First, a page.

A sentence spoken to me by my golf mentor, Peter Kostis, many years ago and it still holds true today.
Good golfers use the ground and all of their body to create a full effortless turn where all of their body contributes equally to the swing.
A fantastic observation was made a few years ago by a trainer named Mike Boyle. He saw that humans are built on altering mobile and stable joints. Let me explain, let’s take the knee. It is a stable joint; it moves in one plane, forward and back. Above the knee you have the hip, and below you have the ankle joint. Both of these joints are mobile joints, and they move in multiple planes. So most of our turn comes from the mobile joints in our body (ankle, hip, and lower back). Everything is great when all your mobile joints do what they are supposed to do…move. When those joints don’t move enough, they ask the stable joints above it and below it to become less stable and contribute to the movement. For example, if your hips and your upper back don’t move enough in your golf swing, it puts your lower back in immediate risk.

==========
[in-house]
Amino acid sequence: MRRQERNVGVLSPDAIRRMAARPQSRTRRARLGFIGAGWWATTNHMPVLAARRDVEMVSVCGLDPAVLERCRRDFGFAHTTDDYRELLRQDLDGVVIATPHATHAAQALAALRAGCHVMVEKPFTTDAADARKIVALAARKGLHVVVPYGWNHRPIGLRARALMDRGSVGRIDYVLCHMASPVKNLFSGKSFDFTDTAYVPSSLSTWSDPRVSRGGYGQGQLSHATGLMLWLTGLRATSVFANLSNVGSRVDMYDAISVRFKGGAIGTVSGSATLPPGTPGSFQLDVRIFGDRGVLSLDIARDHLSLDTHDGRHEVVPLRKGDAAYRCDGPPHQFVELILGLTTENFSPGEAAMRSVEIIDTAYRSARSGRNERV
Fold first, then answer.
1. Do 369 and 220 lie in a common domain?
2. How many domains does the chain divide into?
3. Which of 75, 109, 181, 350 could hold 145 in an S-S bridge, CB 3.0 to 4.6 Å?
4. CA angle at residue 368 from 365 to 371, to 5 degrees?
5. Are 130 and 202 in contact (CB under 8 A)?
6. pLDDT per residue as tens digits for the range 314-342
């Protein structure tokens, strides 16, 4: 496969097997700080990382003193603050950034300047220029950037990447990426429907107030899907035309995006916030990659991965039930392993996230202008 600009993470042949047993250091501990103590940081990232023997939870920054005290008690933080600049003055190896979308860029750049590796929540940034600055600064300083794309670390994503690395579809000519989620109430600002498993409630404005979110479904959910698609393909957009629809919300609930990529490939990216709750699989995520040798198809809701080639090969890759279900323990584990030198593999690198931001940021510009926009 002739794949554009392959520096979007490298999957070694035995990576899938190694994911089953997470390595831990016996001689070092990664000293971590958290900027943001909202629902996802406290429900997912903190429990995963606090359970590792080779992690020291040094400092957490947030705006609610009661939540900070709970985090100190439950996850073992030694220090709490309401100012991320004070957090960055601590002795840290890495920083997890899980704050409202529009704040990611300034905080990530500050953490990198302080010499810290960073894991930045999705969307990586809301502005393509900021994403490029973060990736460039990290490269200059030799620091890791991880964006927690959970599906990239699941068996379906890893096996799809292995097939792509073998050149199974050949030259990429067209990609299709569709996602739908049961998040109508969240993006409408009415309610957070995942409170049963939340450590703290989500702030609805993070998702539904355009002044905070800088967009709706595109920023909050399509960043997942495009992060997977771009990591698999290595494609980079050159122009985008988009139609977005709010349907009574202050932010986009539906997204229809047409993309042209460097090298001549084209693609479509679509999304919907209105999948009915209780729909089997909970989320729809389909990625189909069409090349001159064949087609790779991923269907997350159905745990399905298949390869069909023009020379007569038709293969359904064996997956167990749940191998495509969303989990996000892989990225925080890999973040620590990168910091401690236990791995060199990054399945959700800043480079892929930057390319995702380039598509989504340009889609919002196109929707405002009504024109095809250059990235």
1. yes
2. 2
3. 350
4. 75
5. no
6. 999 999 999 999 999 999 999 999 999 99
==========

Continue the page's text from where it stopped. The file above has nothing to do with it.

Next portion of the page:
So this article will help in getting those mobile joints to move and take pressure off of your stable joints (lower back).
Try this simple exercise—it is almost all my players do to get warmed up and ready to play the golf course. Open book stretch; start off on the ground lying on your side in a fetal position with your knees pulled toward your chest and your arms straight and in front of you chest.
Keeping your lower arm on the ground raise your top arm 180 degrees towards the ground behind you turning your chest and your head towards the ceiling as you go. Repeat five times each side. This exercise will give you results immediately. You’ll find it easier to be at the top of the backswing and to be finished for your shot and will begin taking pressure off of your lower back. Do this exercise before you practice and play, for better ball striking and decreased pain.
By PGA Golf Trainer Damon Shelton